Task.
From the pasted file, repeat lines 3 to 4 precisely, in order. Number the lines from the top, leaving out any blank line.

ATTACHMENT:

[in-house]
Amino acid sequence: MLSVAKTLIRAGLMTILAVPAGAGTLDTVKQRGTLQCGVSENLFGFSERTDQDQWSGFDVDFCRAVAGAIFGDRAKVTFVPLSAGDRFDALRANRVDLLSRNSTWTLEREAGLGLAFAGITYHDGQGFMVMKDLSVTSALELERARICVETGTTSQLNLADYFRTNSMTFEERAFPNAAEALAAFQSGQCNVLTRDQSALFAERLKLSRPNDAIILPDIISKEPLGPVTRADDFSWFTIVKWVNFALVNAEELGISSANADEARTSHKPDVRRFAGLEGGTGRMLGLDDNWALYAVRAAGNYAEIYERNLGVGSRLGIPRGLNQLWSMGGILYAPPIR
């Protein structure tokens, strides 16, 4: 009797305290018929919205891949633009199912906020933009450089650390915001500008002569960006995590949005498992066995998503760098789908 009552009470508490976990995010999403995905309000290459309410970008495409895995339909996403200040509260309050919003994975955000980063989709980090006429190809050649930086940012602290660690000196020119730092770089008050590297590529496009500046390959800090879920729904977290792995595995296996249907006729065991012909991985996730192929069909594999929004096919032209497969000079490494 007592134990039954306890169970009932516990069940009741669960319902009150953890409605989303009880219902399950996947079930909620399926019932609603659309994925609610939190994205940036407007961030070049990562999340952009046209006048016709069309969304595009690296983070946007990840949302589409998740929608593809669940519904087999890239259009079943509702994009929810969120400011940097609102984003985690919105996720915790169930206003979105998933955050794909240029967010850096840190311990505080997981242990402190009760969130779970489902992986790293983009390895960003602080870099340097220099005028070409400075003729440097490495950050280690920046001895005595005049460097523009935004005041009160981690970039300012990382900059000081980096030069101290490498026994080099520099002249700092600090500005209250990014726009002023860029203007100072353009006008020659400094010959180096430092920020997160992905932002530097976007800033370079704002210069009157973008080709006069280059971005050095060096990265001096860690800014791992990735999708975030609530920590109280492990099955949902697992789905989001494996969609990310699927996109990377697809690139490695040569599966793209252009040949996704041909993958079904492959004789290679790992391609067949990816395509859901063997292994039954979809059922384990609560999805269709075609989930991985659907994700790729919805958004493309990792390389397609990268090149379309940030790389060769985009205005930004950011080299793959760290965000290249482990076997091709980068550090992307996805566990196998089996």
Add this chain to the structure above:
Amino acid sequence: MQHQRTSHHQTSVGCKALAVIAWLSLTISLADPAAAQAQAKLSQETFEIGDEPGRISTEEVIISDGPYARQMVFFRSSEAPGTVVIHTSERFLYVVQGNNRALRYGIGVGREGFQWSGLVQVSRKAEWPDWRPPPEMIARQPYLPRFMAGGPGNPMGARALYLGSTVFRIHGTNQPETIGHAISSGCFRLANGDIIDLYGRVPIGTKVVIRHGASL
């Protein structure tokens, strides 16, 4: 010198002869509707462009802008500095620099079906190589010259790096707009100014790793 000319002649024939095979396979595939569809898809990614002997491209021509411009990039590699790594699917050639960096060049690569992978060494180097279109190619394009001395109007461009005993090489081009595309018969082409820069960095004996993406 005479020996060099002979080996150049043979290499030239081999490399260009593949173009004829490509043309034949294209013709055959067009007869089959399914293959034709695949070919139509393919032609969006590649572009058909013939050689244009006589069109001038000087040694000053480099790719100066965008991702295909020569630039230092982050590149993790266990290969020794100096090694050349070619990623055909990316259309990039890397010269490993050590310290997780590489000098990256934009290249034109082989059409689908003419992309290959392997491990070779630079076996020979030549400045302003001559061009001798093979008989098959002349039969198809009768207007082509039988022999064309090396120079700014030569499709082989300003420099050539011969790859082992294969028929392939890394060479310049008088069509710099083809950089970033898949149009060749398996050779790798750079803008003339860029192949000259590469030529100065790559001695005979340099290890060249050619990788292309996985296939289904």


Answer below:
């Protein structure tokens, strides 16, 4: 009797305290018929919205891949633009199912906020933009450089650390915001500008002569960006995590949005498992066995998503760098789908 009552009470508490976990995010999403995905309000290459309410970008495409895995339909996403200040509260309050919003994975955000980063989709980090006429190809050649930086940012602290660690000196020119730092770089008050590297590529496009500046390959800090879920729904977290792995595995296996249907006729065991012909991985996730192929069909594999929004096919032209497969000079490494 007592134990039954306890169970009932516990069940009741669960319902009150953890409605989303009880219902399950996947079930909620399926019932609603659309994925609610939190994205940036407007961030070049990562999340952009046209006048016709069309969304595009690296983070946007990840949302589409998740929608593809669940519904087999890239259009079943509702994009929810969120400011940097609102984003985690919105996720915790169930206003979105998933955050794909240029967010850096840190311990505080997981242990402190009760969130779970489902992986790293983009390895960003602080870099340097220099005028070409400075003729440097490495950050280690920046001895005595005049460097523009935004005041009160981690970039300012990382900059000081980096030069101290490498026994080099520099002249700092600090500005209250990014726009002023860029203007100072353009006008020659400094010959180096430092920020997160992905932002530097976007800033370079704002210069009157973008080709006069280059971005050095060096990265001096860690800014791992990735999708975030609530920590109280492990099955949902697992789905989001494996969609990310699927996109990377697809690139490695040569599966793209252009040949996704041909993958079904492959004789290679790992391609067949990816395509859901063997292994039954979809059922384990609560999805269709075609989930991985659907994700790729919805958004493309990792390389397609990268090149379309940030790389060769985009205005930004950011080299793959760290965000290249482990076997091709980068550090992307996805566990196998089996």
Add this chain to the structure above: